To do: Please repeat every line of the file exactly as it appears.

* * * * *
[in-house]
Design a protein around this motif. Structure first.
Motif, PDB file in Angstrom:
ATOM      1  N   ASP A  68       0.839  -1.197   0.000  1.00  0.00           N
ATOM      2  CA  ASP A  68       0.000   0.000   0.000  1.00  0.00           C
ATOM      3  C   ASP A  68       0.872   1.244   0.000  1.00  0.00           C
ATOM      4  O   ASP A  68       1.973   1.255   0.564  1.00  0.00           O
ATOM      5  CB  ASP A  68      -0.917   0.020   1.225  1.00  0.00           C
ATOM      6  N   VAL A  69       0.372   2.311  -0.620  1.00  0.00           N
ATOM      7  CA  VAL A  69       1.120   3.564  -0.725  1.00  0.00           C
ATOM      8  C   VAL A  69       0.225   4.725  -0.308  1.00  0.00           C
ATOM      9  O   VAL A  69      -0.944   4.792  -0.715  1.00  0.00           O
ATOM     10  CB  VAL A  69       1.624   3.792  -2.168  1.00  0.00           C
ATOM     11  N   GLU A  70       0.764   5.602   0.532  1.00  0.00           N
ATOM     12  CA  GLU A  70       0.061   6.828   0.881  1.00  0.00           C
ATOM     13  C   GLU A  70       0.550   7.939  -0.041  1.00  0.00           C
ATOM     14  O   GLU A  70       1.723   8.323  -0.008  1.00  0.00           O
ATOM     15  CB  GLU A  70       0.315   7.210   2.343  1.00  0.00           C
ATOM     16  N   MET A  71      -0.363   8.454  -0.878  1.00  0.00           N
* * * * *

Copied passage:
[in-house]
Design a protein around this motif. Structure first.
Motif, PDB file in Angstrom:
ATOM      1  N   ASP A  68       0.839  -1.197   0.000  1.00  0.00           N
ATOM      2  CA  ASP A  68       0.000   0.000   0.000  1.00  0.00           C
ATOM      3  C   ASP A  68       0.872   1.244   0.000  1.00  0.00           C
ATOM      4  O   ASP A  68       1.973   1.255   0.564  1.00  0.00           O
ATOM      5  CB  ASP A  68      -0.917   0.020   1.225  1.00  0.00           C
ATOM      6  N   VAL A  69       0.372   2.311  -0.620  1.00  0.00           N
ATOM      7  CA  VAL A  69       1.120   3.564  -0.725  1.00  0.00           C
ATOM      8  C   VAL A  69       0.225   4.725  -0.308  1.00  0.00           C
ATOM      9  O   VAL A  69      -0.944   4.792  -0.715  1.00  0.00           O
ATOM     10  CB  VAL A  69       1.624   3.792  -2.168  1.00  0.00           C
ATOM     11  N   GLU A  70       0.764   5.602   0.532  1.00  0.00           N
ATOM     12  CA  GLU A  70       0.061   6.828   0.881  1.00  0.00           C
ATOM     13  C   GLU A  70       0.550   7.939  -0.041  1.00  0.00           C
ATOM     14  O   GLU A  70       1.723   8.323  -0.008  1.00  0.00           O
ATOM     15  CB  GLU A  70       0.315   7.210   2.343  1.00  0.00           C
ATOM     16  N   MET A  71      -0.363   8.454  -0.878  1.00  0.00           N